Category Archives for "Property Division"

Summer Tax Checklist

Written By: David Amiss, CPA, CVA

Carr, Riggs & Ingram, CPAs and Advisors

 

New Year’s Resolutions and Spring Cleaning are initiatives that focus on motivating individuals to address a perceived need. Accordingly, the aim of this article is twofold. First, to convince you of the perceived need of giving your taxes adequate attention on the eve of summer; and second, to give you a list of things to consider and do related to taxes.

New Year’s Resolutions and Spring Cleaning are initiatives that focus on motivating individuals to address a perceived need. Accordingly, the aim of this article is twofold. First, to convince you of the perceived need of giving your taxes adequate attention on the eve of summer; and second, to give you a list of things to consider and do related to taxes.

Visit any of your local CPA’s office and the examples would be replete of clients engaging in a significant transaction and informing their CPA subsequent to executing the transaction. ‘If only we would have talked to you before’ or some variation thereof is what typically ensues after the first of the year when the client comes in to drop off their tax information. The resulting conversation reveals that the CPA could’ve saved their client significant amounts of cash had they been informed of the transaction prior to its execution.

That example may sound a bit dramatic. However, that which is true with significant amounts of cash is also true with lesser amounts of cash. Further, the benefits to engaging your CPA at multiple times of the year, as well as, prior to major decisions have other benefits as well, just as visiting your doctor and dentist does.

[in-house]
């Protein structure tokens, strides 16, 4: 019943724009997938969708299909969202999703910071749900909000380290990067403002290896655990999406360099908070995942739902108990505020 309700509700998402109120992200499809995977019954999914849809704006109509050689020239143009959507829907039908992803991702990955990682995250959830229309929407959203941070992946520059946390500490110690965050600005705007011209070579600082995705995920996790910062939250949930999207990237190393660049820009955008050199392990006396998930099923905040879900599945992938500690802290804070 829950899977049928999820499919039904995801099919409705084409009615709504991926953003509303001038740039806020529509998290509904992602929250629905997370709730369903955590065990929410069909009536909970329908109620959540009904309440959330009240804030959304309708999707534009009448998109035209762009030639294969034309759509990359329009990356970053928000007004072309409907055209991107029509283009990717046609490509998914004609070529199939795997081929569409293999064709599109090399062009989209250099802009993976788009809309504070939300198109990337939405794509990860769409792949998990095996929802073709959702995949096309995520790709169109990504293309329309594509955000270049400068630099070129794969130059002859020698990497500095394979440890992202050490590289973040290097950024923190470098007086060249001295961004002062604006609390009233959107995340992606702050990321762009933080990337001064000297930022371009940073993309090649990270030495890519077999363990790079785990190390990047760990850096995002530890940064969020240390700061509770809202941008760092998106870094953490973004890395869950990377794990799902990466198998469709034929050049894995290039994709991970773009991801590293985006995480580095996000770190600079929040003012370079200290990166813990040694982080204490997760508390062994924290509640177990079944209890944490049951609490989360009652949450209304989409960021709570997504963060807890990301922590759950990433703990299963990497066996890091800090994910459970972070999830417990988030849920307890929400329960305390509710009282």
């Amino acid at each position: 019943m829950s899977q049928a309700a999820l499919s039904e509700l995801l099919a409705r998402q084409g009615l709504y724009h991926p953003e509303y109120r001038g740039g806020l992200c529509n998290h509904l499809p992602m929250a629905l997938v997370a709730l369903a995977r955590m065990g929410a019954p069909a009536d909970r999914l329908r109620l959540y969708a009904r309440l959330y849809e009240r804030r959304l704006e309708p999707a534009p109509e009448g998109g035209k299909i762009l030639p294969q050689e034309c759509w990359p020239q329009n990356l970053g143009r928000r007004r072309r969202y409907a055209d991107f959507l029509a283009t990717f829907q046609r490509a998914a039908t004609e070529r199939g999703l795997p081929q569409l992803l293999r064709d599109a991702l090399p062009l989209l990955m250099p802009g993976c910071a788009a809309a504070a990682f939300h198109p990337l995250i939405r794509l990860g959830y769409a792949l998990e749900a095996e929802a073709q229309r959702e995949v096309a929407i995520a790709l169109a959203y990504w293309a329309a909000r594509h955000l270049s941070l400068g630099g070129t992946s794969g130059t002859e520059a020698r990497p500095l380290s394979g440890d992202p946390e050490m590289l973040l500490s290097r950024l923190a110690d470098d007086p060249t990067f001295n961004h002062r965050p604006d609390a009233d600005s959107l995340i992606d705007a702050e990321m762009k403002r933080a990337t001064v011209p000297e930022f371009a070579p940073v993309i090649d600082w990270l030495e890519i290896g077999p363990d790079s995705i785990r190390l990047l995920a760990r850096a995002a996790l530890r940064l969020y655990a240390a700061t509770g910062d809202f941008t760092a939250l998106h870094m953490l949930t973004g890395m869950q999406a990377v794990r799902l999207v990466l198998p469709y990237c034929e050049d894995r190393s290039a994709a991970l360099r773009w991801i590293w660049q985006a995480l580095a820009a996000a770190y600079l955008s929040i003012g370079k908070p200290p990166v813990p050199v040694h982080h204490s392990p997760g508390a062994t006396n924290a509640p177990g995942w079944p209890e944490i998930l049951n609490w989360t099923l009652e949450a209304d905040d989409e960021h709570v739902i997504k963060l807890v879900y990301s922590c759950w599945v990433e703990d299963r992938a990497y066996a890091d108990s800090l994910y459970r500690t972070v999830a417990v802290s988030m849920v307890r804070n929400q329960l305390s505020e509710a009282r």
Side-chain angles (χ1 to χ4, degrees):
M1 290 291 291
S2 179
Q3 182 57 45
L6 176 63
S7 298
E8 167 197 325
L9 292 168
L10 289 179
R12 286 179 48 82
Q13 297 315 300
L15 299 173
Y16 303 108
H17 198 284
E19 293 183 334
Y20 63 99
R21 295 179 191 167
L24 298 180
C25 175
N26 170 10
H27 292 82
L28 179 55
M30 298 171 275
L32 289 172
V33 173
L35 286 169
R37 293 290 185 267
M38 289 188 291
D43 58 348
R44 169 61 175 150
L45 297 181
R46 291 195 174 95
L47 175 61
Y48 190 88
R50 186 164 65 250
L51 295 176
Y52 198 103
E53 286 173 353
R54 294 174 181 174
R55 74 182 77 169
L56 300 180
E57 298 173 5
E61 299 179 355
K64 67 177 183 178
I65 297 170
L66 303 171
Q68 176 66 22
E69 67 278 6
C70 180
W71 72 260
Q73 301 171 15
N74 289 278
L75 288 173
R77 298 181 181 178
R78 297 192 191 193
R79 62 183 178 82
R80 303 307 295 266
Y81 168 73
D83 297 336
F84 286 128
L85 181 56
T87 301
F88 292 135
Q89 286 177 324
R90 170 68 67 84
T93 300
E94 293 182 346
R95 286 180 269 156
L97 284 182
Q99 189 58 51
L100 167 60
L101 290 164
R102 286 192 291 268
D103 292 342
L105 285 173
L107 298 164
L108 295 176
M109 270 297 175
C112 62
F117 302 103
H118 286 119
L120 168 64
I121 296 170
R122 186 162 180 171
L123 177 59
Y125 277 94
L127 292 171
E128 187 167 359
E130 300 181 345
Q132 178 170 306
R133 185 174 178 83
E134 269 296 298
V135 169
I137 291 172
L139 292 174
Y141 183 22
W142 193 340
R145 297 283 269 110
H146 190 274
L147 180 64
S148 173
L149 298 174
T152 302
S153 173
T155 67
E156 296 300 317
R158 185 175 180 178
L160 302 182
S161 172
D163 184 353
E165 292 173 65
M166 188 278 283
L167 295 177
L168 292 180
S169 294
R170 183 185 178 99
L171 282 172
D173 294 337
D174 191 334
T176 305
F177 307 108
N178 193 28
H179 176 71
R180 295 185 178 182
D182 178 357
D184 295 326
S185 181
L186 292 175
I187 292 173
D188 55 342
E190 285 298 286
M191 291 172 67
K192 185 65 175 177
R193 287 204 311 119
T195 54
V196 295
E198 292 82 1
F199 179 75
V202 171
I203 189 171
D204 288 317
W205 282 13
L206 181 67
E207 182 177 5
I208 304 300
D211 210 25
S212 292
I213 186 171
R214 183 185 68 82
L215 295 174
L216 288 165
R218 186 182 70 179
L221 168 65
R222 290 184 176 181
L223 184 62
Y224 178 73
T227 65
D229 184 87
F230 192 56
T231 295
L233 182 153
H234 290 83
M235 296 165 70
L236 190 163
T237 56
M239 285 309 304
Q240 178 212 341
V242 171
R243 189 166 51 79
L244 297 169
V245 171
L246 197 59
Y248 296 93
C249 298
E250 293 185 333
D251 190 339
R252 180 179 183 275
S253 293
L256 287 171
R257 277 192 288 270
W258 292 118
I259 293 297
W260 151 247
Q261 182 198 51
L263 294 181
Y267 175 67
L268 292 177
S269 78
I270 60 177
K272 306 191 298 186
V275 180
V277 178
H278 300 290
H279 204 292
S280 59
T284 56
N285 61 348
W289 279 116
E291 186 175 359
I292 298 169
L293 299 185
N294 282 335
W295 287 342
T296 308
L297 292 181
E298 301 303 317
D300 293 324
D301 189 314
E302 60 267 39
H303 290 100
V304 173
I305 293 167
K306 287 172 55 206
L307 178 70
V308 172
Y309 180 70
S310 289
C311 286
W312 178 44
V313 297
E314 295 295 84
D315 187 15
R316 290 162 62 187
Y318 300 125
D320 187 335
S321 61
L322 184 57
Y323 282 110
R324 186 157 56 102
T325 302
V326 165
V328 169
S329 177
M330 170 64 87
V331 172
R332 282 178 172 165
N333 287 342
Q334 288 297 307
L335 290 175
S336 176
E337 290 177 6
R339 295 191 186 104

With that said, and hopefully the importance thereof established, what are some things to consider on the eve of summer? First things first, finalize your 2015 tax return. For those that have requested an extension of time to file their tax returns, acquire the necessary data to complete the tax return and provide it to your CPA. For the most part, you know now what it will take to finalize your tax return. Move quickly to complete it. Completing the tax return now has several benefits, including but not limited to allowing you to move forward to focus on a year you can plan for and assessing your 2015 tax return which brings us to the next ‘to do’.

As with most anything, a prudent response to your 2015 tax return is to evaluate it. What went well? What didn’t go well? Did your return match your expectations? Did your return match your plan and or, if applicable, your projection? Did you learn anything about your tax return? Were you made aware of opportunities moving forward? Are you confident in the competence and care that you’ve received from your CPA? These questions are a good start towards evaluating your 2015 tax return in hopes of making improvements for 2016, which leads to our next task.

Once you’ve tied a bow on the 2015 tax return it’s time to turn our attention to 2016 and beyond. Some of the leg work should have already been completed with our evaluation of the 2015 tax return. For those run of the mill components to your return such as wages, interest, dividends and other annual recurring revenue, are you satisfied with your payment of estimated taxes and subsequent liability or refund? Are your withholding and/or estimated taxes adequate for your tax liability? Do you typically owe tax or receive a refund when you file a return? Are you satisfied with those results? Are you aware that you potentially could be subject to penalties on the underpayment of estimated taxes? Further, are you aware that if you don’t pay your total tax liabilities by the due date in April you will be subject to additional penalties and interest? Now, to be sure, some individuals are aware of and content to pay penalties and interest as a result of paying their taxes later. This is due to the fact that they have the ability to use the cash now in such a way as to derive a return greater than the penalties and interest creates. If this matches your prerogative, that is certainly fine. The aim of this article however, is awareness to those facts to enable proactive planning and reducing surprises.